Regional Reviews: Washington, D.C.
The Winter's Tale is one of William Shakespeare's late plays, split into a dark and melancholy first half and a sunlit, hope-filled second half. With a delicate touch, Posner brings the viewer into a neither-here-nor-there world of two remote countries that seem to exist outside of time: Luciana Stecconi's scenic design suggests the 18th century with its white furniture and glacial blue, sculpted swirls around the proscenium, while Kelsey Hunt costumes the men in voluminous pants and the women in either full skirts that fall just below the knee or flowing, floor-length robes, as well as some amusingly obvious disguises for both sexes. Jesse Belsky's lighting design incorporates atmospheric projections and a roaring storm.
The play begins in the wintry kingdom of Sicilia, where the king, Leontes (Michael Tisdale), becomes (wrongly) convinced that his queen, Hermione (Katie deBuys), is cheating on him with his friend Polixenes (Aldo Billingslea), the visiting king of Bohemia. Resisting the advice of the rest of the court, Leontes threatens his friend's life, imprisons his pregnant wife and, after the birth of his daughter, refuses to acknowledge that he is her father. Tisdale's barely repressed fury and anguish command the stage in counterpoint to Katie deBuys as the aggrieved but resolute Hermione and Grace Gonglewski as her noble chief attendant, Paulina.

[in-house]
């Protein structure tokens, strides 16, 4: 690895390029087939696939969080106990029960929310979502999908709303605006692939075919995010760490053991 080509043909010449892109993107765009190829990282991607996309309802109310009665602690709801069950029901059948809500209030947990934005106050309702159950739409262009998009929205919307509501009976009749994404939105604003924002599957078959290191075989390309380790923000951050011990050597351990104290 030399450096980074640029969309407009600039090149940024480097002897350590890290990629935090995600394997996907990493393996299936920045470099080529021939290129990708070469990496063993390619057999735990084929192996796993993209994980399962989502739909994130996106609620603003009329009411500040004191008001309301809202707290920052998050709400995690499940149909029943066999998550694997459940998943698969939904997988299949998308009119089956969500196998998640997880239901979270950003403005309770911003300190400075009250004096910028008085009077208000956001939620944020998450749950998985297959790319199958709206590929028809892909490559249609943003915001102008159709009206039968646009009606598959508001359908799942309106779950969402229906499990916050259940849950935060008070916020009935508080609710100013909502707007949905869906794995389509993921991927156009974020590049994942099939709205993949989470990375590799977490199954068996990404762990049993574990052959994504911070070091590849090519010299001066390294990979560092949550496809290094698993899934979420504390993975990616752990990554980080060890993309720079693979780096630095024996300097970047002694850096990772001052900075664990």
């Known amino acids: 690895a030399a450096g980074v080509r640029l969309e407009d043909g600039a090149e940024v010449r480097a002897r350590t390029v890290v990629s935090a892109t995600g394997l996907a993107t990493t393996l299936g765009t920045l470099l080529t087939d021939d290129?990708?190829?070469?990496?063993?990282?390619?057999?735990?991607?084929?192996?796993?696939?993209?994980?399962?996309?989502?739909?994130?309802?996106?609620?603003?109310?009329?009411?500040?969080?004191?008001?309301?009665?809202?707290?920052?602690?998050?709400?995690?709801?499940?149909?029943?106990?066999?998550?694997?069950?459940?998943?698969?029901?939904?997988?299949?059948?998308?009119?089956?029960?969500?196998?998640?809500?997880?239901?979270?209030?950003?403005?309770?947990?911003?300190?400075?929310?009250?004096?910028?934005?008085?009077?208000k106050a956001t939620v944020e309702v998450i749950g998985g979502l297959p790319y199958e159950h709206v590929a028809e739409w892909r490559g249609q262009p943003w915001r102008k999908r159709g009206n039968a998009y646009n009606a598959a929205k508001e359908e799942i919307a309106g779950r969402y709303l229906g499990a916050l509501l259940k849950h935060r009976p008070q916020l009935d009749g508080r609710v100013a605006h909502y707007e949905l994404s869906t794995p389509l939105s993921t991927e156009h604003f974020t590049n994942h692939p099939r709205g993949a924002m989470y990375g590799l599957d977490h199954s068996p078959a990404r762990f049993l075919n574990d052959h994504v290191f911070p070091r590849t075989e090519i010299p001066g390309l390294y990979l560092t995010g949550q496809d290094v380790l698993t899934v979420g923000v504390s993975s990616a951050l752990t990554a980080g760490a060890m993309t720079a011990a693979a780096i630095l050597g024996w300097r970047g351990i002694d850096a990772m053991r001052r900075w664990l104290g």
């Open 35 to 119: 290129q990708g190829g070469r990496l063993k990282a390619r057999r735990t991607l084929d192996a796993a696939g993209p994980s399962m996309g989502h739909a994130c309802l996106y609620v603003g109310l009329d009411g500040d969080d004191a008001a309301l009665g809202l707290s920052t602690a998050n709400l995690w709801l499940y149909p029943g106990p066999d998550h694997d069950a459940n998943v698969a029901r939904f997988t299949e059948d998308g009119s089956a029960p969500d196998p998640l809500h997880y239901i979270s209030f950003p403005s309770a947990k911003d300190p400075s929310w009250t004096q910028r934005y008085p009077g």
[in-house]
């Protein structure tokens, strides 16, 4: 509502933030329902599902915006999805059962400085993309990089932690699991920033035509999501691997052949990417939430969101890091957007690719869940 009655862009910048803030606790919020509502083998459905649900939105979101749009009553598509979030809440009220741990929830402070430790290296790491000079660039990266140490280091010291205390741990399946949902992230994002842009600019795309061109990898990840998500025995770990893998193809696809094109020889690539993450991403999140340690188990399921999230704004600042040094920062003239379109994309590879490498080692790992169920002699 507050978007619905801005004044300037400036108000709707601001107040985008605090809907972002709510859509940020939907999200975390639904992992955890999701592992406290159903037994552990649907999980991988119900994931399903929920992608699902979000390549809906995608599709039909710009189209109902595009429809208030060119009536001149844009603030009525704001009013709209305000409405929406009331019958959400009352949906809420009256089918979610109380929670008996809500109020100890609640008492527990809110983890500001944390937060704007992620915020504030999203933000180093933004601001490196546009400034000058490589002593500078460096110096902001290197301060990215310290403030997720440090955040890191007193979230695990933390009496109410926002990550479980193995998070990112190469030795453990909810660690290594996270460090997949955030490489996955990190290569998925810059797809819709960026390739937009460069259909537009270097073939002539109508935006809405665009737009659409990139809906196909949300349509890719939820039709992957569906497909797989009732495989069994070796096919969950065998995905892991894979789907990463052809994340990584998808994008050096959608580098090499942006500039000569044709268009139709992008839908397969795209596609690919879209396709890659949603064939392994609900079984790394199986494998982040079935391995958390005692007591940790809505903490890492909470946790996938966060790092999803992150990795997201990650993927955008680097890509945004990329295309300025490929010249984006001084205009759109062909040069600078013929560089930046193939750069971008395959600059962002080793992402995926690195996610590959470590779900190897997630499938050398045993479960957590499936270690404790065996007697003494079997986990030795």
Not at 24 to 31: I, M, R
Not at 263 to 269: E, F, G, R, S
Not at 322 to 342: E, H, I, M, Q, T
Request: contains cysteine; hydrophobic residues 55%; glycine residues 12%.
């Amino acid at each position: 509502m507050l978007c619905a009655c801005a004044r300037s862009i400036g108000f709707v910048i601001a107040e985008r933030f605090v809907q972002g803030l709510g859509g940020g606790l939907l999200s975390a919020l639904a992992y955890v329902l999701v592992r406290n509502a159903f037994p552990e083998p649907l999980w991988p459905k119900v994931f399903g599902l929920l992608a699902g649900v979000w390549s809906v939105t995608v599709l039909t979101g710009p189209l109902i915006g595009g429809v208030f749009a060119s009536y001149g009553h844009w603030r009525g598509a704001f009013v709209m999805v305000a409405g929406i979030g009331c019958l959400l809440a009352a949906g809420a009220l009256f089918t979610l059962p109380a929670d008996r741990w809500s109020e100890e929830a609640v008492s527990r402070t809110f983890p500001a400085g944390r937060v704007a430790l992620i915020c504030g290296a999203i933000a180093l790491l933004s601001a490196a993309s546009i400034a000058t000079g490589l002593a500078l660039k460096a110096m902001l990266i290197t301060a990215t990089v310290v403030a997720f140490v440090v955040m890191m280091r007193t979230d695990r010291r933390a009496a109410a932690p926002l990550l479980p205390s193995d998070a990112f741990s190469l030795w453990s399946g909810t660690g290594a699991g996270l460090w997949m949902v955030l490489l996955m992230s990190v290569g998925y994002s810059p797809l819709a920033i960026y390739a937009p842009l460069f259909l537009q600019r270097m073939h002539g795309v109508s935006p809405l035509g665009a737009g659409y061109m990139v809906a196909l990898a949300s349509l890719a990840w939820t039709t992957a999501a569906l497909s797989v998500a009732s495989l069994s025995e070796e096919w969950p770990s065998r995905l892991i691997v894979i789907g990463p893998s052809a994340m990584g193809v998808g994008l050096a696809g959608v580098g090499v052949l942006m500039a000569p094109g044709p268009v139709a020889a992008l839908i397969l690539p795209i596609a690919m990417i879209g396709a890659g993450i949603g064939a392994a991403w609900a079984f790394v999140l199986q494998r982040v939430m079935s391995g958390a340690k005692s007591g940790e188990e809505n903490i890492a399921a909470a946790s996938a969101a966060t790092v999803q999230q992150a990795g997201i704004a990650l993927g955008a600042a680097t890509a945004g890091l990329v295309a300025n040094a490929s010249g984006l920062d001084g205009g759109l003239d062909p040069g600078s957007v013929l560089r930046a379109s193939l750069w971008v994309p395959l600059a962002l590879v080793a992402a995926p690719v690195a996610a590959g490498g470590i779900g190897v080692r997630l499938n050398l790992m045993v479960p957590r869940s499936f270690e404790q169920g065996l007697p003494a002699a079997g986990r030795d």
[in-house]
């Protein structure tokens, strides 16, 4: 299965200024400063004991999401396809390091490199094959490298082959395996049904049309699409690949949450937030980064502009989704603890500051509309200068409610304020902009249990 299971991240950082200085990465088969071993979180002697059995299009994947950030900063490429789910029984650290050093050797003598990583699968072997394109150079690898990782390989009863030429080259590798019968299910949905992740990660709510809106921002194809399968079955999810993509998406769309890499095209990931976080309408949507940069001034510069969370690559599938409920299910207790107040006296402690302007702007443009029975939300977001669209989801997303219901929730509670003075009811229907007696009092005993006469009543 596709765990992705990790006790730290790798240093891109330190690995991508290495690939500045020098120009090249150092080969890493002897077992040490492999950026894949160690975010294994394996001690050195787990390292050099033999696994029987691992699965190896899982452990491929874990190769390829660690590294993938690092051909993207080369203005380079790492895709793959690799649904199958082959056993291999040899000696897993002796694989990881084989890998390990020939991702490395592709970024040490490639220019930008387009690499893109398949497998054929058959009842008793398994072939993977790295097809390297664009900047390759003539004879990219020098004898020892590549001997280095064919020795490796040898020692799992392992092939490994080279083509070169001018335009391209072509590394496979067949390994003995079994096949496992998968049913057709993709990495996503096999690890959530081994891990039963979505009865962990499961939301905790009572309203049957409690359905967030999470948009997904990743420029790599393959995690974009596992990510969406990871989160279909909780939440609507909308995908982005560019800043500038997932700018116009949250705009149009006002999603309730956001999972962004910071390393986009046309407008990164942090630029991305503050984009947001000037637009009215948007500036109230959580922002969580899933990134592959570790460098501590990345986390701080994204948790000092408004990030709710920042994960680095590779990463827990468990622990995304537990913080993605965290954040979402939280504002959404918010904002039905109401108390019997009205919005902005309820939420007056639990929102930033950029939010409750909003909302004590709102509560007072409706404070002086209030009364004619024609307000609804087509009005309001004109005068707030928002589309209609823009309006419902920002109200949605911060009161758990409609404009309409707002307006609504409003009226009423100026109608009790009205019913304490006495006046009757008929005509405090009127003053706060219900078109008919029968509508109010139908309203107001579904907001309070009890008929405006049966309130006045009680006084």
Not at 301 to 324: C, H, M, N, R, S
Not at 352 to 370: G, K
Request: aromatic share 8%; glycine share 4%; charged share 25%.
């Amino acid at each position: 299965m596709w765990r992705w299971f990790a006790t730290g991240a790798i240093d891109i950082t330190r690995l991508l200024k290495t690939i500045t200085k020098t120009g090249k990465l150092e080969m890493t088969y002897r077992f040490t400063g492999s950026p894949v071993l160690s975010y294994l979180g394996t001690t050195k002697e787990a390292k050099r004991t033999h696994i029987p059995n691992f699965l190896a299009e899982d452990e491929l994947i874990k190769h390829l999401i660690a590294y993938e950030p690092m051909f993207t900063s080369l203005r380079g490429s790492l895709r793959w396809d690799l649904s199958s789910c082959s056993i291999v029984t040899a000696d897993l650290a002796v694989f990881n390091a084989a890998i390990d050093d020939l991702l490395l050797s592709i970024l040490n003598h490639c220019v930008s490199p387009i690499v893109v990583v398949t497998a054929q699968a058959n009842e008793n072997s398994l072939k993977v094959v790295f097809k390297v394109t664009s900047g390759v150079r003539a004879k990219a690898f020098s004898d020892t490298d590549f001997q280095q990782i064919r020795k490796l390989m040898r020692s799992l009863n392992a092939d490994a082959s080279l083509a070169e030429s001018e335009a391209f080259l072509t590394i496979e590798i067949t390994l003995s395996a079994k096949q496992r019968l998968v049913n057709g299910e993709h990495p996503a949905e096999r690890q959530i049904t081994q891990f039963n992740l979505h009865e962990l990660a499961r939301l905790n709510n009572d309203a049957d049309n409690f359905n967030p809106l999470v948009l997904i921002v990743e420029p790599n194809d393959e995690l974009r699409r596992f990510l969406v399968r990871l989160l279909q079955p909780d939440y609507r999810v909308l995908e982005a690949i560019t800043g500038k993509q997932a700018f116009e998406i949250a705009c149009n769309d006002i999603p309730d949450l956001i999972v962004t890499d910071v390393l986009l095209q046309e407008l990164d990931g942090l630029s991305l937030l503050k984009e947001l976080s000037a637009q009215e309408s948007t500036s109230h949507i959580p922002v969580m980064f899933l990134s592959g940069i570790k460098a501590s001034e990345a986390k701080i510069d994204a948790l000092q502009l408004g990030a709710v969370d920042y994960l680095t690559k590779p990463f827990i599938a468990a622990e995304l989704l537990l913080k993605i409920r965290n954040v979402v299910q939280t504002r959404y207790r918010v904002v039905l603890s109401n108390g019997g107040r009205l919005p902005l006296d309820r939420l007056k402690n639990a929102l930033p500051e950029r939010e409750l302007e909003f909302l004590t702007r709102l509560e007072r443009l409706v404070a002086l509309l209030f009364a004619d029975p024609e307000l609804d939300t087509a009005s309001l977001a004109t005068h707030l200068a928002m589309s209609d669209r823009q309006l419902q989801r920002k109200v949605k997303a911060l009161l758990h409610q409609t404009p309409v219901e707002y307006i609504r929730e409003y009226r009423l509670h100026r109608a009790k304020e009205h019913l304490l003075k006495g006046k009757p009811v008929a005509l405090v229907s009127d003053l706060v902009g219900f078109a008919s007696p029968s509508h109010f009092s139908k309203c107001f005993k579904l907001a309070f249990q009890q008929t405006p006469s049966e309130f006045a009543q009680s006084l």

The second act picks up in Bohemia in the spring 18 years later. Paulina's husband Antigonus (Eric Hissom, grave and thoughtful) had taken the baby girl away from Sicilia for her own safety, but after his untimely death, the childwho grows into a lovely young woman named Perdita (Daven Ralston)was raised by father and son shepherds (Richard R. Henry, Joshua Thomas). She finds love with Florizell (Drew Drake), the son of Polixenes, who doesn't think a prince should love a shepherdess. With the help of an exuberant trickster named Autolycus (the sparkling Kimberly Gilbert), the ragged edges get woven back together in time for a deeply moving resolution.
The fairly continuous underscoring and occasional songs help maintain the spell, using instruments ranging from piano and guitar to ukulele and African drum.